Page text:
The 2012 season has come to an end for me as far as saltwater fishing is concerned here on Cape Cod. I put the boat up a few weeks back and, on the last sunny day, Capt. Shaun Ruge and I winterized all the systems and got it tucked in for the long winter’s nap. It would seem I have a buyer for the Verados, and if all goes well they will be living the good life in North Carolina on the back of a 34 Yellowfin.
It that happens, next season the Riptide will once again be sporting fresh new Mercury Verados on the transom. The motors performed flawlessly this season, with no unscheduled maintenance in over 670 hours. That’s almost 7 seasons for the average boater without a hiccup.
That kind of reliability allowed me to take anglers to some seriously far away places for trips of a lifetime and get them back the same day. Imagine racing to the offshore canyons while napping in the beanbag chairs, only to wake up a short time later, 100 miles offshore on water that looks like a mirror. Then spending the morning catching yellowfin tuna and the afternoon fly-fishing for all the mahi mahi you could ever want.
Here is a little video taste of what that’s like….
The season didn’t start in the canyons though. It began much closer to home with a slug of 20- to 30-pound stripers hitting the Cape in mid-May. This large body of fish was the only really good game in town, so we put tremendous effort into following them as they moved around the Cape and Islands before taking up final residence off Chatham. For 2 1/2 months these fish kept my anglers on some of the best action they had ever seen. Having my boat on a trailer allowed us to follow the mass of bass as they moved, a major advantage over many other boats that did not have that capability.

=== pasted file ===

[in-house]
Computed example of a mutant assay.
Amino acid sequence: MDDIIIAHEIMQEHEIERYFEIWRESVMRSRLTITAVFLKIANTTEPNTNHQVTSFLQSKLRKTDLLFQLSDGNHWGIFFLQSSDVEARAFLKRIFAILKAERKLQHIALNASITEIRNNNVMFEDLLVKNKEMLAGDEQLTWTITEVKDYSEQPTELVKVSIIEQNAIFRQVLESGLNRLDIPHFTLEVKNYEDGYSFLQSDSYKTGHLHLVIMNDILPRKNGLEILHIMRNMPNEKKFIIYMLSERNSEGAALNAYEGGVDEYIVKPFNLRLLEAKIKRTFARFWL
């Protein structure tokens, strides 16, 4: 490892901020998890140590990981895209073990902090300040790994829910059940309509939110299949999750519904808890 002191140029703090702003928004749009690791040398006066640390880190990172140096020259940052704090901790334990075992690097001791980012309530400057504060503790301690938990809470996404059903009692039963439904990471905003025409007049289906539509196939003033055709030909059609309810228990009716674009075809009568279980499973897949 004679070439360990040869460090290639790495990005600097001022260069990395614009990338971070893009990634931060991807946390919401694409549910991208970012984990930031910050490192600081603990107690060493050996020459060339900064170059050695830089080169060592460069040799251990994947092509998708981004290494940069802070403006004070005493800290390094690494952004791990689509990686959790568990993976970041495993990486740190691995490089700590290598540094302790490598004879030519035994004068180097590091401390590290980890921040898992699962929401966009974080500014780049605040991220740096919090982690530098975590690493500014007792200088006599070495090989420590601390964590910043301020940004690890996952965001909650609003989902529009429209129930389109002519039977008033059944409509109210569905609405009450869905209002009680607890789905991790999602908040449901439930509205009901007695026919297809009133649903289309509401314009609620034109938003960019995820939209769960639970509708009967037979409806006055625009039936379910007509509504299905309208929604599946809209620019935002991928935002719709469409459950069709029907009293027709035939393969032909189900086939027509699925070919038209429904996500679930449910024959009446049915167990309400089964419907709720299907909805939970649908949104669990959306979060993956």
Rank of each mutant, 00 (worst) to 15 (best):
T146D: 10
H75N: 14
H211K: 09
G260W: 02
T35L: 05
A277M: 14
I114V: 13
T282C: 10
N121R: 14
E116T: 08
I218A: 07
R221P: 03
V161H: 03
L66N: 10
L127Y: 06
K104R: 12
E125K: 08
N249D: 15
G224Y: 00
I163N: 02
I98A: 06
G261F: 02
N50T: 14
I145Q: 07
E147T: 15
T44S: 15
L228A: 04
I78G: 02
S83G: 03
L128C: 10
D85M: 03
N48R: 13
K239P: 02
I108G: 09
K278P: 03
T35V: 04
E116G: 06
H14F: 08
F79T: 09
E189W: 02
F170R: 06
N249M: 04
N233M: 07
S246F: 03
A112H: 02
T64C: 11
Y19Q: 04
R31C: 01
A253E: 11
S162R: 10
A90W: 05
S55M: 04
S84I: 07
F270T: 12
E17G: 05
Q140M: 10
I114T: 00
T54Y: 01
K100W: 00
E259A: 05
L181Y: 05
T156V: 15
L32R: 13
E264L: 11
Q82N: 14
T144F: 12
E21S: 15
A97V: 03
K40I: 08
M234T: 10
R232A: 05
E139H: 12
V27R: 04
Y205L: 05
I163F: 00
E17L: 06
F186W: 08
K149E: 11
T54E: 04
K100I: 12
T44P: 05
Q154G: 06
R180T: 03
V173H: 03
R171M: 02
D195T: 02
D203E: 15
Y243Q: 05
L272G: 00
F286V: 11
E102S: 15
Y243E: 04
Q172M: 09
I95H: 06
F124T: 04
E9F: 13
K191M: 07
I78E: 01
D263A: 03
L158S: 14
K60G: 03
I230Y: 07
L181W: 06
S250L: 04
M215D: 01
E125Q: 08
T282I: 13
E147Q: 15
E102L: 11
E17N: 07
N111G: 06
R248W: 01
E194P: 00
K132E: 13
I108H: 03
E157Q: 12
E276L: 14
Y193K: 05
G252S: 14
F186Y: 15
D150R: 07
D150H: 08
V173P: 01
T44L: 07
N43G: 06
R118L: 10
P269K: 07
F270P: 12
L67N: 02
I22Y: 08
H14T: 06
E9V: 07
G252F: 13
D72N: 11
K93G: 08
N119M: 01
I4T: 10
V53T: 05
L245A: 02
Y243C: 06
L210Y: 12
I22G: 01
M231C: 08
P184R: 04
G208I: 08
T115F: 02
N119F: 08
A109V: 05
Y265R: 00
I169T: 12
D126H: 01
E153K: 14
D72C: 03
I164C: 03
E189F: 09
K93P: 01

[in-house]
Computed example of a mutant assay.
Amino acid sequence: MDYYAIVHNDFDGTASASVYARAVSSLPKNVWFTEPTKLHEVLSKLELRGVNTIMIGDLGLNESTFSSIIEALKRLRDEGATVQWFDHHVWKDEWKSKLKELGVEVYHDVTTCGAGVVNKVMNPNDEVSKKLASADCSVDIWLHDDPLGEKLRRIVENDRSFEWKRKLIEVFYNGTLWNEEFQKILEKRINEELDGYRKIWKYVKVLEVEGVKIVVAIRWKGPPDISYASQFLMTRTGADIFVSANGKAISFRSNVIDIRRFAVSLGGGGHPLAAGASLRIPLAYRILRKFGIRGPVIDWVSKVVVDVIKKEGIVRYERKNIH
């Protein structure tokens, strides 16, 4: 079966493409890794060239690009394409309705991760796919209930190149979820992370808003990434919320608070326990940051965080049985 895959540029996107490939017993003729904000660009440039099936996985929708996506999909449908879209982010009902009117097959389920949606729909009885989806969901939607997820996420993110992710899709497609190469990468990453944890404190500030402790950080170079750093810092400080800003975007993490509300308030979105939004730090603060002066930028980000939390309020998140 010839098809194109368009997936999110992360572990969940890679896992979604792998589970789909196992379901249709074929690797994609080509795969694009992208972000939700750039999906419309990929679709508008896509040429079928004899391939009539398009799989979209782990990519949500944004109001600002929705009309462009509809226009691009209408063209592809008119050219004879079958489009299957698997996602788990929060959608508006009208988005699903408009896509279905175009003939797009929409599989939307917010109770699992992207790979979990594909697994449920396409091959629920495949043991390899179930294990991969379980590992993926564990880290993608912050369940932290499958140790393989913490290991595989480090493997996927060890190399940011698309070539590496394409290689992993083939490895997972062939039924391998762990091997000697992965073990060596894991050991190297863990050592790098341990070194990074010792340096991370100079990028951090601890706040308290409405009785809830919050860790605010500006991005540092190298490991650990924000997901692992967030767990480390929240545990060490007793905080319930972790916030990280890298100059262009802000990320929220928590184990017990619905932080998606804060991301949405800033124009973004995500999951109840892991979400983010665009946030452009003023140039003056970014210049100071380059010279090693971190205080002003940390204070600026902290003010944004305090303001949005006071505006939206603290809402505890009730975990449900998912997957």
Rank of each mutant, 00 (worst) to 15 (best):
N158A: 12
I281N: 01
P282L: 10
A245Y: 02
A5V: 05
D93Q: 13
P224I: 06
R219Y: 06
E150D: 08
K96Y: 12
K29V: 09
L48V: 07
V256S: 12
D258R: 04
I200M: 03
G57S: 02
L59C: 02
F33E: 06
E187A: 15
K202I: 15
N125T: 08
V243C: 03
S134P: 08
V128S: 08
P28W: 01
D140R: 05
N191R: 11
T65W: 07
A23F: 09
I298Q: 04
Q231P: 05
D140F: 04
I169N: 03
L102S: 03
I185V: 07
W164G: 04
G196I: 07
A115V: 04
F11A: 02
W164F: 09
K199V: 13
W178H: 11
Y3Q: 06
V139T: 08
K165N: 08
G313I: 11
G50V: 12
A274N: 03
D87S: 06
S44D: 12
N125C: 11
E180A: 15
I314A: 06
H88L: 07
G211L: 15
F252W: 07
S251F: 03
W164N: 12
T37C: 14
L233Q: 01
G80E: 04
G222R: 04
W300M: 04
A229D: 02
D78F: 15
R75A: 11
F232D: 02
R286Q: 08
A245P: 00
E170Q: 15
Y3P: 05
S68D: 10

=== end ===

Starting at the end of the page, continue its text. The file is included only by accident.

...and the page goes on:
Once the bass fishing began to wind down, we switched gears and began our offshore adventures. A large push of white marlin found its way just south of the Vineyard with a scattering of bluefin tuna mixed in with them early in the offshore season. With the help of some fellow guides, we teamed up and followed those silver missiles as they wandered nomadically around the islands.
When the south bite slowed, we used our mobility again to head over to Chatham and points east for some of the best bluefin tuna fishing we have seen in years. Though not my normal run-and-gun casting fishery, the troll bite out east for 40- to 100-pound tuna was stellar! Unlike the run-and-gun fishing, where 1 to 2 fish is a banner day, this year’s troll bite produced 5 to 8 fish (on average) per day, with numerous days finding us over the dozen-fish mark. It’s hard not to get excited when all 7 rigs splashing on the surface go off at the same time! It’s total cockpit chaos!
Later in the summer, the Cape saw a world-class influx of “tunoids”. The bonito and false albacore showed in numbers I have not seen since the glory days of Harker’s Island. We had the best bonito fishing I’ve ever seen, with one 2-hour window yielding over 30 bonito weighing up to 9 pounds. Then the Fat Albert’s arrived on scene and pushed the bonito out to a large degree, but no one was complaining. Double-digit half-days for albies were the rule for the rest of the season. They were so thick we could often find a pile of them and spend an entire tide hooked up without moving more than a few hundred feet.
All this action is enough to wear you out and make you hungry, so to cover the “need to feed” we found that hitting some secret sea bass spots satisfied the cooler crowd who wanted to take home some meat. This was a new twist for us, but one I truly enjoyed. It was great chasing albies around, then breaking for lunch while catching tomorrow’s lunch.
Each of the last 3 seasons has been a benchmark for Riptide Charters, with this season being without a doubt our best year ever. We were able to get more anglers on more fish than during any other season. I have every expectation that the trend will continue next year.
If you fished with us this year, I’d like to take this time to say “thank you”! Without you guys there would be no Riptide Charters. To those of you who didn’t get out with us, I invite you to join us in the future. Meeting new anglers and making new friends is the best part of being a guide.
I am now taking bookings for 2013. With the uncertainty in the economy, I’d like to offer a bit of stability. For anyone who books with a deposit before the end of the year, I will honor the 2012 rates regardless of what happens to fuel prices or the economy. No rate increase, no matter what, and as always no fuel surcharges!
Please enjoy a short video of our 2012 Season in Review.
Capt. Terry Nugent
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